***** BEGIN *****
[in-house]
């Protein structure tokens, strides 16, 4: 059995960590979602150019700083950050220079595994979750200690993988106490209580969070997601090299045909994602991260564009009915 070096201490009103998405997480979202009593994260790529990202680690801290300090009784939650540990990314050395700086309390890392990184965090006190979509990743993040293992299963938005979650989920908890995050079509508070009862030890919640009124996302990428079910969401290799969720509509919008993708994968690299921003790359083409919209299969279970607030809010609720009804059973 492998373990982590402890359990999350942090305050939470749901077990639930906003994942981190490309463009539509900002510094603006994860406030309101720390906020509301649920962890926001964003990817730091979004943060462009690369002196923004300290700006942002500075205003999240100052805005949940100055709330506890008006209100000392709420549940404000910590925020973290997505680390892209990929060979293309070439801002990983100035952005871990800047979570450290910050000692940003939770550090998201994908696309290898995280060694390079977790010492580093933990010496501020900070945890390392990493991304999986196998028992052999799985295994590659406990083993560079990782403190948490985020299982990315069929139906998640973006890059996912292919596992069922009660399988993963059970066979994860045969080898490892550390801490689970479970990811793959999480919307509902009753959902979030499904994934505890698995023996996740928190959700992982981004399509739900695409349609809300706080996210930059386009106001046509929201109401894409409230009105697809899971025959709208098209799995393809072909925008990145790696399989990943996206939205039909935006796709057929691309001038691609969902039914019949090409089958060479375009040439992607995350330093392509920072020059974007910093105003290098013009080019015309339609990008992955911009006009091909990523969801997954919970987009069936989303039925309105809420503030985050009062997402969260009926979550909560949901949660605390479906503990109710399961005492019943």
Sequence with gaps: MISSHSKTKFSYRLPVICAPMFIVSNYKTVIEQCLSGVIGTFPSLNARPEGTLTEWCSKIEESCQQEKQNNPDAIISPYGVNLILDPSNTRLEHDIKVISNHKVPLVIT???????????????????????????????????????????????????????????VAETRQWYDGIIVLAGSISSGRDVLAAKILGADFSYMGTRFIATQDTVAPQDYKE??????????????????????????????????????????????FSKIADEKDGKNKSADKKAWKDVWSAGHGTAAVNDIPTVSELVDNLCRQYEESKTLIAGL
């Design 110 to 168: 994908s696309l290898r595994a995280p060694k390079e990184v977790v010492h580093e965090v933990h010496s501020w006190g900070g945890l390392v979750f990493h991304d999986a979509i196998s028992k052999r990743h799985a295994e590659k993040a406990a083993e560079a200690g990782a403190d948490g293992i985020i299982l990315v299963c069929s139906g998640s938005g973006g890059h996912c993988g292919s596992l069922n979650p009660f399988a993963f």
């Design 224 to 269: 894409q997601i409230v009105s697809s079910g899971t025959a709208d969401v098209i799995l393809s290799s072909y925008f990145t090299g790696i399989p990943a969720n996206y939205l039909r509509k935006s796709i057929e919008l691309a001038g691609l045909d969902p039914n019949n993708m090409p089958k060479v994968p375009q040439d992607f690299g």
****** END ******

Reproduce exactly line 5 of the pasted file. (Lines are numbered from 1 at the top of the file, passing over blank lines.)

């Design 224 to 269: 894409q997601i409230v009105s697809s079910g899971t025959a709208d969401v098209i799995l393809s290799s072909y925008f990145t090299g790696i399989p990943a969720n996206y939205l039909r509509k935006s796709i057929e919008l691309a001038g691609l045909d969902p039914n019949n993708m090409p089958k060479v994968p375009q040439d992607f690299g």